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for the French, from the minds of all the people in Germany, when they faw with how little reafon they had expected to be benefit ed by the fucceffes of thofe licentious invaders. Nothing lefs than their infamous conduct to the people, who had long viewed them with benevolence, and had received them with cordiality, could have effaced the impreffion which had fo univerfally taken place in their favour. The Germans now became convinced of their error, in expecting that a foreign nation would be fincerely folicitous to rid them of their grievances, and would not rather make ufe of the opportunity of rendering them fubfervient to their own purposes.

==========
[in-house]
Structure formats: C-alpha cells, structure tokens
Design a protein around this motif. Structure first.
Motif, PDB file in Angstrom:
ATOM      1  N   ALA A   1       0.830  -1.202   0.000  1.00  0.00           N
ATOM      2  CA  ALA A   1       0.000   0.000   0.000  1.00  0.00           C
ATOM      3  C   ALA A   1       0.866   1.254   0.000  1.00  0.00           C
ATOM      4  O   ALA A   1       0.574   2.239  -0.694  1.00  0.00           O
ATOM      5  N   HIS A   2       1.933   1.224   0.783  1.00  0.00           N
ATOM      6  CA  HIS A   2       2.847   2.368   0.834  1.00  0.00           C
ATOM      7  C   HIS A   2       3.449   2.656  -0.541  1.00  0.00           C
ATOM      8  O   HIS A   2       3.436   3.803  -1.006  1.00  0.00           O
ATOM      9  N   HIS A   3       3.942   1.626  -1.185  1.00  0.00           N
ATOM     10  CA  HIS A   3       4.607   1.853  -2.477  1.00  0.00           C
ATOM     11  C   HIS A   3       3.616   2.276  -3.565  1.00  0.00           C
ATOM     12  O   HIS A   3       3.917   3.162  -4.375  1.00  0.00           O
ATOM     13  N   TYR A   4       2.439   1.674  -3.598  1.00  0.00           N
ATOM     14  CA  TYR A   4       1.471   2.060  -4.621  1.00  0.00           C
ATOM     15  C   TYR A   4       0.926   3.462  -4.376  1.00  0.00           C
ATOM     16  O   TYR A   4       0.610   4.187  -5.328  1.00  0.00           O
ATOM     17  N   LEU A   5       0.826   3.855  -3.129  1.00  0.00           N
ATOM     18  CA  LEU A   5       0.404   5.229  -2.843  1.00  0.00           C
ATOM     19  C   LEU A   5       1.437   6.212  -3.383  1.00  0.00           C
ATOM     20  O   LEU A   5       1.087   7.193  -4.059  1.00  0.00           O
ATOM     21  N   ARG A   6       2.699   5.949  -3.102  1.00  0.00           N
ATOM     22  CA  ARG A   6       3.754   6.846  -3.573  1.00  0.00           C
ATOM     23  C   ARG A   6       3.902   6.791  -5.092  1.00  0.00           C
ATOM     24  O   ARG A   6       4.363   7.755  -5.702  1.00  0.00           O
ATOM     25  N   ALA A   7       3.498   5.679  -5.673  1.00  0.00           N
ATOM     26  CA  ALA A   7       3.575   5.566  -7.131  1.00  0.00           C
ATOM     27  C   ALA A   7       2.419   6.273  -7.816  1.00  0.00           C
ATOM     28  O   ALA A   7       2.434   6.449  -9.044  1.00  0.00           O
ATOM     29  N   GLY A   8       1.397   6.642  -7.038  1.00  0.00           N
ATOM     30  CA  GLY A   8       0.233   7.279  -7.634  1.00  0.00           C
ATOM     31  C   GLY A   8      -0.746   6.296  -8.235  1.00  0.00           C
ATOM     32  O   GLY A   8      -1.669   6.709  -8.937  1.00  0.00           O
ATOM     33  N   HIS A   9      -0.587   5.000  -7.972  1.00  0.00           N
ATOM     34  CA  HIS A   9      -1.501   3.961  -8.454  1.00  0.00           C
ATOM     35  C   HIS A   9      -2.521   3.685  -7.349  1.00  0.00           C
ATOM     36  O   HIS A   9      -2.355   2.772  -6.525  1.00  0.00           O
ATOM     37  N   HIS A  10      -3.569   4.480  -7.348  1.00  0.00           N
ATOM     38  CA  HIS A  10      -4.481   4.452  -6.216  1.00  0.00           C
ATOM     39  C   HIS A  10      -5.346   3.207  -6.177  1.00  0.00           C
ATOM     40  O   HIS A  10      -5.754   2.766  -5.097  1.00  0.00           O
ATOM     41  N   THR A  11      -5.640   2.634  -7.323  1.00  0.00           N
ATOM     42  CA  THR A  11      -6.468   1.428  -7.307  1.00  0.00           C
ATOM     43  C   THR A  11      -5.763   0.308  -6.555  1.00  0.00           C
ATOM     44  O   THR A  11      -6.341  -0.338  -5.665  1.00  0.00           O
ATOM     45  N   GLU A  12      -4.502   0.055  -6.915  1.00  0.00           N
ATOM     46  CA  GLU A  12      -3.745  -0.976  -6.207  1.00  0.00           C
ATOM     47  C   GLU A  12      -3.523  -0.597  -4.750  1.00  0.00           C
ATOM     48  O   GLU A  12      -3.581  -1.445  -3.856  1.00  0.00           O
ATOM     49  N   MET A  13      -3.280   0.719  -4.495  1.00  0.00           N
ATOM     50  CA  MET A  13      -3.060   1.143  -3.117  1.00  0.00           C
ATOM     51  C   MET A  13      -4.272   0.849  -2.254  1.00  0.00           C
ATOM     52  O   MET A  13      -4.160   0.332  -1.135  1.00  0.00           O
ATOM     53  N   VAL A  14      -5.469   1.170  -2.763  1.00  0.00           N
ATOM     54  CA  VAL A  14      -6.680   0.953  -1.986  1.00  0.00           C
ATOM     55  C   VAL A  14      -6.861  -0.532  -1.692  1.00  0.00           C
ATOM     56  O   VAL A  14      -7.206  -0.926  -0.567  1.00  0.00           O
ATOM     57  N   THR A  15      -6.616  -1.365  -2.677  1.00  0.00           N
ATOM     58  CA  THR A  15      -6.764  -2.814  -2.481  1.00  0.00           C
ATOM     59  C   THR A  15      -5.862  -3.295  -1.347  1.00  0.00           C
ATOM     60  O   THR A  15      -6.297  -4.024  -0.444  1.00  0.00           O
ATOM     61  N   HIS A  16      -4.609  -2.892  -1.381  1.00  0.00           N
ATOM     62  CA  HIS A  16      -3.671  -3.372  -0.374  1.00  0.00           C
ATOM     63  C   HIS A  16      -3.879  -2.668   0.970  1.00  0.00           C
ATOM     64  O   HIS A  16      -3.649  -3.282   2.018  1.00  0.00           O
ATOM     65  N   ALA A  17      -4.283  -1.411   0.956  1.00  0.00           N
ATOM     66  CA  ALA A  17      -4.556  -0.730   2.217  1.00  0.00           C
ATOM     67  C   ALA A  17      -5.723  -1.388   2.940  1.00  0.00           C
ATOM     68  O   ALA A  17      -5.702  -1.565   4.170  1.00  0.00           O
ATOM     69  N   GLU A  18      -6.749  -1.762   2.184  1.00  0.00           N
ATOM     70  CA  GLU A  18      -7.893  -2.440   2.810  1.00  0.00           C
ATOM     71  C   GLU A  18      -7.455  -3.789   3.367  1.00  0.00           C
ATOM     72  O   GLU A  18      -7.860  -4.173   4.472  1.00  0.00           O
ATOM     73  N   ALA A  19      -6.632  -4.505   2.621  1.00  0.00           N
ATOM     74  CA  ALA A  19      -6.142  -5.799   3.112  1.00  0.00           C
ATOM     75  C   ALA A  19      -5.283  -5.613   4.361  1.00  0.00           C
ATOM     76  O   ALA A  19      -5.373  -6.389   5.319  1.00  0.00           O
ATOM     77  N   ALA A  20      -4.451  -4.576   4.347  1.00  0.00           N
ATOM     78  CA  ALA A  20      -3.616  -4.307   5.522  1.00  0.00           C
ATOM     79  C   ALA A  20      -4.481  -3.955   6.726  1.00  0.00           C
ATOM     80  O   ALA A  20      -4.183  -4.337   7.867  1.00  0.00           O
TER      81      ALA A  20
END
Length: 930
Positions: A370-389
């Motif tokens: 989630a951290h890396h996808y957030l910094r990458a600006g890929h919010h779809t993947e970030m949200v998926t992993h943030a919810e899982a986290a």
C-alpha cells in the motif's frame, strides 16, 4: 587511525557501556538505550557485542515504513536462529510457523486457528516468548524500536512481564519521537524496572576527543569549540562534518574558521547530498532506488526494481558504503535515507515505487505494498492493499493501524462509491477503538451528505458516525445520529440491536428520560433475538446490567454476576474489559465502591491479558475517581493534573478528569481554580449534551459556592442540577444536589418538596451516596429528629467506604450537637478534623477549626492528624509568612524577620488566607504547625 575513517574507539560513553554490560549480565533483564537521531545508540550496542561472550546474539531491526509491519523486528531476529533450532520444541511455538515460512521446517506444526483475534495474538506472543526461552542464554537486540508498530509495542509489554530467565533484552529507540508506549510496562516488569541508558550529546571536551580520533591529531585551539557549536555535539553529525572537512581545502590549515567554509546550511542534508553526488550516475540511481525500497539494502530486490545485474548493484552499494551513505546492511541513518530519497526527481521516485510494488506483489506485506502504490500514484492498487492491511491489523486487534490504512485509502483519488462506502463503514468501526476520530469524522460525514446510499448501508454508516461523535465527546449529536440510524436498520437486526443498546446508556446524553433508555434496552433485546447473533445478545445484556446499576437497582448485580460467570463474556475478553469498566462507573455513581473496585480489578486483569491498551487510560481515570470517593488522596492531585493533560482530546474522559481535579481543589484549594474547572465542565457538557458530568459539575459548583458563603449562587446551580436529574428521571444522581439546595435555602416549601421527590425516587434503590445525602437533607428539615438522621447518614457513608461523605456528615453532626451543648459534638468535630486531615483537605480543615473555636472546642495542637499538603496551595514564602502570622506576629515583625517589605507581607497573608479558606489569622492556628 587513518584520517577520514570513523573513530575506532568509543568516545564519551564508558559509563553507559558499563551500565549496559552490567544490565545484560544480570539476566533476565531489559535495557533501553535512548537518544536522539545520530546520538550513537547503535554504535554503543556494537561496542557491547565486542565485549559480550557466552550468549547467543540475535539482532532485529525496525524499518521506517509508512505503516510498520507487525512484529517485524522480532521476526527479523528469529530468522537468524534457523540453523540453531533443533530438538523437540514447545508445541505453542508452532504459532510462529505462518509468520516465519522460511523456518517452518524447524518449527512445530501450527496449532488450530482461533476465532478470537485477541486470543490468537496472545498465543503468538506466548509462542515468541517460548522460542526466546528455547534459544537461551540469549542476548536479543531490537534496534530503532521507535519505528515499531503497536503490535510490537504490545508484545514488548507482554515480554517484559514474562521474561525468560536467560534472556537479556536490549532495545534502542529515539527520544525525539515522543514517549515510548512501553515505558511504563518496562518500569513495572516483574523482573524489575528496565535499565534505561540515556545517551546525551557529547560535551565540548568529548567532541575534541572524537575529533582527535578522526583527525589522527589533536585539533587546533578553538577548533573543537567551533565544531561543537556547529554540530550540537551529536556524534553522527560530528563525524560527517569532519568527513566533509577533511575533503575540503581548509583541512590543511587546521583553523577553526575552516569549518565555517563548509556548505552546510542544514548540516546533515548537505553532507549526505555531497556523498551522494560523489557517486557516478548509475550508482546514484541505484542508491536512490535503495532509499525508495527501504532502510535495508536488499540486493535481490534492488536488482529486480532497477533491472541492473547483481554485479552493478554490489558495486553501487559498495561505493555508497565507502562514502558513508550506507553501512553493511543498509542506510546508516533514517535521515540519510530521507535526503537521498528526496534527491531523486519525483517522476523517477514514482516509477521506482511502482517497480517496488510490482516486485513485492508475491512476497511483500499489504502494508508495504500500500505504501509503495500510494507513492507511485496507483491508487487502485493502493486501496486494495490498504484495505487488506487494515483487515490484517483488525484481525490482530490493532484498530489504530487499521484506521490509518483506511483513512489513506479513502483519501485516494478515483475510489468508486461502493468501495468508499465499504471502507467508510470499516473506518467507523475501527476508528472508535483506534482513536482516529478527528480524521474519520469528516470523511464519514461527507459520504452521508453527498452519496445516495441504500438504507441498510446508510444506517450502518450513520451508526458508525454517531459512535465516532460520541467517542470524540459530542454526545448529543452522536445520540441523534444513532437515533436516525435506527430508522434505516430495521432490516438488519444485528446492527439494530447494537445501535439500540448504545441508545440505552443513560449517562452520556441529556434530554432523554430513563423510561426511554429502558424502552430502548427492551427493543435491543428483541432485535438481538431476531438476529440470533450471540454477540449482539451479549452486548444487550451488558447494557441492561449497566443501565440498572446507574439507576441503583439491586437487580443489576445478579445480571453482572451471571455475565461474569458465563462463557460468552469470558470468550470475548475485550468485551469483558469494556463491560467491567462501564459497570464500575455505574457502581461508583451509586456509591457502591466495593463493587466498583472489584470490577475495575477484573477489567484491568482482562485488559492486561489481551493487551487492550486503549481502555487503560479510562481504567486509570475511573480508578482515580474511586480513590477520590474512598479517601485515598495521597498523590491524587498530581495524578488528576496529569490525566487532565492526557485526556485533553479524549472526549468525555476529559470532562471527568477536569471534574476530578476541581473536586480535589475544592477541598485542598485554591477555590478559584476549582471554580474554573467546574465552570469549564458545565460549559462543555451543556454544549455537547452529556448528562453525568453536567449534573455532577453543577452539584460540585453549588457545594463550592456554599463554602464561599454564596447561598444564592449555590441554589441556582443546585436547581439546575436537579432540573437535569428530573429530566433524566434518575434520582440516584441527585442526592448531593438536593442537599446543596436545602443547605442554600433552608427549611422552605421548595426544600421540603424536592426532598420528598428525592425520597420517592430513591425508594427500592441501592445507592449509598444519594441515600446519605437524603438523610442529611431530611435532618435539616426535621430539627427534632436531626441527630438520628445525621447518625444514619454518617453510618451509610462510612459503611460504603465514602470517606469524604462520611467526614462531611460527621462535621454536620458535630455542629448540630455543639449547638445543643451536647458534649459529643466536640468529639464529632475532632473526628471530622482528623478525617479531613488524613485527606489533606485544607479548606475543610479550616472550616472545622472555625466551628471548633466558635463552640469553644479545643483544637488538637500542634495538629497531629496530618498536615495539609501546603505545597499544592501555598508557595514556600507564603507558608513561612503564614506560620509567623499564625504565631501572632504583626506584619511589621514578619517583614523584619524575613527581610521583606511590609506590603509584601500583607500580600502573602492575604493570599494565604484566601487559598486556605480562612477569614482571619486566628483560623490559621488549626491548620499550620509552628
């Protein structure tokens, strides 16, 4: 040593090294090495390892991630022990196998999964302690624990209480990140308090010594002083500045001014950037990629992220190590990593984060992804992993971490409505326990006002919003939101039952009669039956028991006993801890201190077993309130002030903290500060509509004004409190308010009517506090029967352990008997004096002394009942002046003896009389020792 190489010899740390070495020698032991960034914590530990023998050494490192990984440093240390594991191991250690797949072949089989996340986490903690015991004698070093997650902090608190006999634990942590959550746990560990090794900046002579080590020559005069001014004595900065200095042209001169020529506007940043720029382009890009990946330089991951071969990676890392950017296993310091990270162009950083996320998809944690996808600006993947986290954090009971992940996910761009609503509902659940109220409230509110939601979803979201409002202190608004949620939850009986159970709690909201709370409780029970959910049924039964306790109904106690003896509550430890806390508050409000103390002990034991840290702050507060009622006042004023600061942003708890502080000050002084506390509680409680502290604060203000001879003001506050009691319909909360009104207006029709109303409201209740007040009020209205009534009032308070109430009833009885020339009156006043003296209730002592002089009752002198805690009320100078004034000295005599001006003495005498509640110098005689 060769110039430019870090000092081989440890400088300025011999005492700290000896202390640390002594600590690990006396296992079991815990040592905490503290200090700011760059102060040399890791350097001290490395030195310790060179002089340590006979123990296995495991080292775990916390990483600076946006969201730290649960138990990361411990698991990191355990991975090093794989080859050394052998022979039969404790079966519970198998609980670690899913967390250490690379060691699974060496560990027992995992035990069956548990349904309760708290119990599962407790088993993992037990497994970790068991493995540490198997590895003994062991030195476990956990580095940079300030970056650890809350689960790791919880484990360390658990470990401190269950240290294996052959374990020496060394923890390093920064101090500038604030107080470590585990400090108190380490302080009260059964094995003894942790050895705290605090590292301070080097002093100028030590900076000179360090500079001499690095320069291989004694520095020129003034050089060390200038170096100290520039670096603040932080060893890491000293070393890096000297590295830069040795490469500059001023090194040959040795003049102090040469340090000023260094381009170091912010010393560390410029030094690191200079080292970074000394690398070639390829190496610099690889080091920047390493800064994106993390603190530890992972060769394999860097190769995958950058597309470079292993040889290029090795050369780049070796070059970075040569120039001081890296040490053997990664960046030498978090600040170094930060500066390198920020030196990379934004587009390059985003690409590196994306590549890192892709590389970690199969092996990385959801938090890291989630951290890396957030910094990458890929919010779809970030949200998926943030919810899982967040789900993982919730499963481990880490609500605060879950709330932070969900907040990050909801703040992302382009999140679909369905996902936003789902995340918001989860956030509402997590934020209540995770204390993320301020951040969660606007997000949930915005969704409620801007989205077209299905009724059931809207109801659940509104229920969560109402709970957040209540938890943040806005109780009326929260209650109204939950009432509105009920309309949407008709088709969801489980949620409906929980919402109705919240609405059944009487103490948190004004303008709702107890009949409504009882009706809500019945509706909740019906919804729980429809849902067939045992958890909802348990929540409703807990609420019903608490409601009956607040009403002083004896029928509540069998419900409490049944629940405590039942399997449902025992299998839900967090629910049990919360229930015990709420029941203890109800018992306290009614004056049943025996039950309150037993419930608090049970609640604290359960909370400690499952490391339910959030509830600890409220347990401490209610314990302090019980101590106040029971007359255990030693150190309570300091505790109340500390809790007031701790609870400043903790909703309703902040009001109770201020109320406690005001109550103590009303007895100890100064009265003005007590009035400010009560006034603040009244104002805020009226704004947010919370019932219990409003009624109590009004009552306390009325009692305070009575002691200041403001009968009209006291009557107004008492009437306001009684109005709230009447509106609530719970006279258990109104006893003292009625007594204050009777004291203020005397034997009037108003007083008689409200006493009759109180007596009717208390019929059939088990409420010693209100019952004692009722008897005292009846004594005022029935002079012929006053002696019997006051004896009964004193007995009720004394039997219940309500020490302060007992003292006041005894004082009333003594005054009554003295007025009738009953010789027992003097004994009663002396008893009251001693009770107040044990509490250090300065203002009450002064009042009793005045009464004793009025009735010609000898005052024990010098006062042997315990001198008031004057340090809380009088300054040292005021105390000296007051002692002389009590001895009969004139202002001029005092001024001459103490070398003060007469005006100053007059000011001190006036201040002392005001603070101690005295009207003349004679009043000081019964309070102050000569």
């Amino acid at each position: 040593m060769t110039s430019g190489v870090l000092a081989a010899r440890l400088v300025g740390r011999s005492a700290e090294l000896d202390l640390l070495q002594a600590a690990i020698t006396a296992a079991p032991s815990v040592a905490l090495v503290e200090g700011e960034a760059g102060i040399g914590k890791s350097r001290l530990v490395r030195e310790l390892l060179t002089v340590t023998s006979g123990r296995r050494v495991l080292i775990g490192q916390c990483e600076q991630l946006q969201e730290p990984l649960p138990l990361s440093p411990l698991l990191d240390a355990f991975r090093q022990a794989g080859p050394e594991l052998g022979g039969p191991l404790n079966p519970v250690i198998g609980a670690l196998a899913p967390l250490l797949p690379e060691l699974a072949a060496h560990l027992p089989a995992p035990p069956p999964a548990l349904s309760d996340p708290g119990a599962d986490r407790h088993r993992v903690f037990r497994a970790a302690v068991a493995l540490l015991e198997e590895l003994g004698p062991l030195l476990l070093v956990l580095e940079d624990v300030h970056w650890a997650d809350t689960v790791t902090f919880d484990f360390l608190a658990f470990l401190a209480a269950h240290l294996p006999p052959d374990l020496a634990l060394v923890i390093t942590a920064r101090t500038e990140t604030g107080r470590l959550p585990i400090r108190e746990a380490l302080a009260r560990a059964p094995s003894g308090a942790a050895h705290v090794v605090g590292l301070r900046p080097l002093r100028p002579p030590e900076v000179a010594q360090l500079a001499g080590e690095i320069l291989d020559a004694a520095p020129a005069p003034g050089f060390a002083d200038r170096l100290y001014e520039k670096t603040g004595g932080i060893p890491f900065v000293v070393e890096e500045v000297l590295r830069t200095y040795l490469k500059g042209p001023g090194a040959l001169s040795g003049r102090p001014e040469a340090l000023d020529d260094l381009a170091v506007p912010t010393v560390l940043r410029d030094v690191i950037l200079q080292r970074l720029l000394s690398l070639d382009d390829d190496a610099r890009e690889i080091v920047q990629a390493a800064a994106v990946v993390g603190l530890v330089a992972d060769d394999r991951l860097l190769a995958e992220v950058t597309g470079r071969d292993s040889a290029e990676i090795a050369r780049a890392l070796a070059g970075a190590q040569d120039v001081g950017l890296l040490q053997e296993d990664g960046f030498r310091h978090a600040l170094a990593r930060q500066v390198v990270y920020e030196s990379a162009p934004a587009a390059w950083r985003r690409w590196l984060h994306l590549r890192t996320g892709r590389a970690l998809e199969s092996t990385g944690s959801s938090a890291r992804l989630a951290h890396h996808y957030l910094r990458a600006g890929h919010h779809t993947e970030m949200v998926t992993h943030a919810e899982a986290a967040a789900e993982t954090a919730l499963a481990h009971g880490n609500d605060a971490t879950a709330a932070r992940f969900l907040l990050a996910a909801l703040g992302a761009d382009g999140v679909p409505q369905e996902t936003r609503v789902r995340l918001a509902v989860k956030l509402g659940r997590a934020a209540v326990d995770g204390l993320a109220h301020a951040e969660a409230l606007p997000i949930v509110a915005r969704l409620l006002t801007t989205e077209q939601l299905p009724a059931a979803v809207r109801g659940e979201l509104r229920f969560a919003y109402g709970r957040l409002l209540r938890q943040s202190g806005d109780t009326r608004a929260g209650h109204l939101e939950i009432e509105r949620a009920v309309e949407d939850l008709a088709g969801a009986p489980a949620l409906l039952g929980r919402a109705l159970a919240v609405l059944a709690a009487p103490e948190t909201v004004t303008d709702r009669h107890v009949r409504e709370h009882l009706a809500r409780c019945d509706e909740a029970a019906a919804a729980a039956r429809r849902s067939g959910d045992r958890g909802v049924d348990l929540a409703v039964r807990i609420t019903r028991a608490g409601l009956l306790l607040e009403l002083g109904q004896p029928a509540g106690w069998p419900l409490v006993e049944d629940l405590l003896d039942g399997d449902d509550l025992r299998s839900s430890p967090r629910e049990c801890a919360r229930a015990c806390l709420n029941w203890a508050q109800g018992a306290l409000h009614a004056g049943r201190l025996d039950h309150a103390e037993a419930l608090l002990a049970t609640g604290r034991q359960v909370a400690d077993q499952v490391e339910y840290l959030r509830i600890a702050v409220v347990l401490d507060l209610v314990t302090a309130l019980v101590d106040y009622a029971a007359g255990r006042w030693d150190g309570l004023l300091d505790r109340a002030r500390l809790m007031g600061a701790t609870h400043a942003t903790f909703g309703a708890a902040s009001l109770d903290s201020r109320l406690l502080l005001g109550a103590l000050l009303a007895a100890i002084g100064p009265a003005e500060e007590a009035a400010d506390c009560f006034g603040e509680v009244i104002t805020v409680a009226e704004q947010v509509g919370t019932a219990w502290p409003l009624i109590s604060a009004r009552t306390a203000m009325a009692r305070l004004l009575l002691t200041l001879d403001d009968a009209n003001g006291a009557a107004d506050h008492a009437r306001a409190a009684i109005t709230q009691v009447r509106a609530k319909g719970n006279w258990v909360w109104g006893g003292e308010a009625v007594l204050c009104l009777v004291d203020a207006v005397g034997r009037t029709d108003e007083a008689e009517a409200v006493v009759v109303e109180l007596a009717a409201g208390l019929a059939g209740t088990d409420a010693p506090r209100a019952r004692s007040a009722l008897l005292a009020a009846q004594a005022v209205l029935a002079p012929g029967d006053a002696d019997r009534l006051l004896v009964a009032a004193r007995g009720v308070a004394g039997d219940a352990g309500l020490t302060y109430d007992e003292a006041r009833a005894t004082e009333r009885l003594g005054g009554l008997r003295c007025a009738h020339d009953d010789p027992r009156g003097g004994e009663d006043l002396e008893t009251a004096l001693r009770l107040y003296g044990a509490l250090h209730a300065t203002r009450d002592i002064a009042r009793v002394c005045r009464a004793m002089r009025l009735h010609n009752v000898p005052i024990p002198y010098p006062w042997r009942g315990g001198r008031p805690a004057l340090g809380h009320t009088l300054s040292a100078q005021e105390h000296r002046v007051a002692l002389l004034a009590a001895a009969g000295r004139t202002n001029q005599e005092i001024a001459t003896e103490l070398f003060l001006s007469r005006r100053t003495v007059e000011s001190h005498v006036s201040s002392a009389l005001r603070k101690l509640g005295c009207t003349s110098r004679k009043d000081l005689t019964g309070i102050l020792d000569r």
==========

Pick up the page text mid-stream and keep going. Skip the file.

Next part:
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by the way of the Danube, otherwife than through their connivance, which, according to the ufual policy of the court of Berlin, muft be purchafed by fome important conceffión. In a word, according to human views, the abafement, if not the ruin, of the house of Auftria feemed to be fast approaching; and the liberties of the inferior ftates already to have fallen. It was, therefore, with univerfal fatisfaction that Germany beheld the Pruffian monarch's affociates in thefe iniquitous defigns, difabled from giving him affiftance or countenance. The world indignantly beheld the affected moderation he affumed, by pretending to relinquish his ufurpations on the ground, that the inhabitants of the diftricts he had feized, would not confent to become his fubjects, nor the empire itself be prevailed upon to authorize him to accept of their fubmiffion. His ambition appeared altogether of a mean and ap-contemptible kind. It was evident he would have facrificed his common country to ftrangers, for the fake of promoting fome paultry interests, the compaffing of which would never have indemnified him from the danger he must have incurred by introducing fo formidable and restless a people into Germany as the French. Their interference in its internal affairs would, in all likelihood, have been exerted without confulting his inclinations and intereft, and might much more fhortly than he imagined, have been extended to his own con cerns, in a manner that would have affected him most detrimentally, and afforded him ample caufe to repent of the fordid motives that had induced him to act against his country.